TOI on Aug. 24, 2017, 2 a.m.

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    ...Contrary to many of his predecessors Mukherjee disposed of 34 petitions, rejecting 30 of them and leaving none pending for his successor. Ironically, by literally leaving nothing behind, he leaves a clear legacy for future presidents to follow – reject mercy petitions in principle as an anachronism that has no place in the Constitution of a democratic republic. The power of pardon, a prerogative power exercised by the sovereign of England, has been described as “the brightest jewel in the British crown, and the most precious of the rights of the people”. Representing the fiction that the sovereign was the embodiment of divinity, the power extended to commuting sentences and pardoning death row convicts, as he pleased. Its practical workings however were less exalted and more mundane. As described by Vic Gatrell in The Hanging Tree, often judges themselves would commute death sentences, replacing them with transportation to America. ...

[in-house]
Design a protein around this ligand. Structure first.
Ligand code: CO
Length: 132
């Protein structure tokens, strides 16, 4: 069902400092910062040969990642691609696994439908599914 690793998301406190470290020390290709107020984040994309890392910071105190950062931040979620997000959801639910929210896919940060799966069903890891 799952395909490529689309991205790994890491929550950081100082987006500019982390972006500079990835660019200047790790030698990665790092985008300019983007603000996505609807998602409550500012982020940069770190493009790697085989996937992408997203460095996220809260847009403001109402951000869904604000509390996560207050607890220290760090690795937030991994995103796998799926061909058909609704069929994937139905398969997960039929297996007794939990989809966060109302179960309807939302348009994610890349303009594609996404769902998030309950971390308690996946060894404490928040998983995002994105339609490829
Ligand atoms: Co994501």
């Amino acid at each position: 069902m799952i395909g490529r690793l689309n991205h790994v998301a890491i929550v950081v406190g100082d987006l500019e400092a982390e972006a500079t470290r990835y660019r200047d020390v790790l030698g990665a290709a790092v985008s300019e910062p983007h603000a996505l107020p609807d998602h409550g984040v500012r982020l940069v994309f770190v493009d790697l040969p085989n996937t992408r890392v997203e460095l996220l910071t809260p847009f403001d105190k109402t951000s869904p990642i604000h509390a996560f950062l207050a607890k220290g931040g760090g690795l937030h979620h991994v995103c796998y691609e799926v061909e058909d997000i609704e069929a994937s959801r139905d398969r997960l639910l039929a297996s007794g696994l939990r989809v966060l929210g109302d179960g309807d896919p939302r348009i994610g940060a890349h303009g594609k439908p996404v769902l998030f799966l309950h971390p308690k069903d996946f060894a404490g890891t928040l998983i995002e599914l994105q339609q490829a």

TOI on July 25, 2017, 2 a.m.

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    ...By providing millions of disenfranchised and invisible Indians with an identity, Aadhaar may be tremendously empowering; equally, if not implemented carefully, it has the potential to alienate, empowering the state at the cost of the citizen. The direction the Aadhaar project takes rests on a critical reform—a comprehensive law on personal data protection. In this context, especially at a time when public emotion regarding Aadhaar is running high, a few facts may be appropriate. The Aadhaar Act, 2016 contains an entire chapter dedicated to protection of information, becoming the first modern-day statute in India to explicitly do so. It obliges both the Unique Identification Authority of India (UIDAI) as well as the range of agencies which collect Aadhaar data to keep data secure. ...

    Live Mint on May 31, 2017, 4:52 a.m.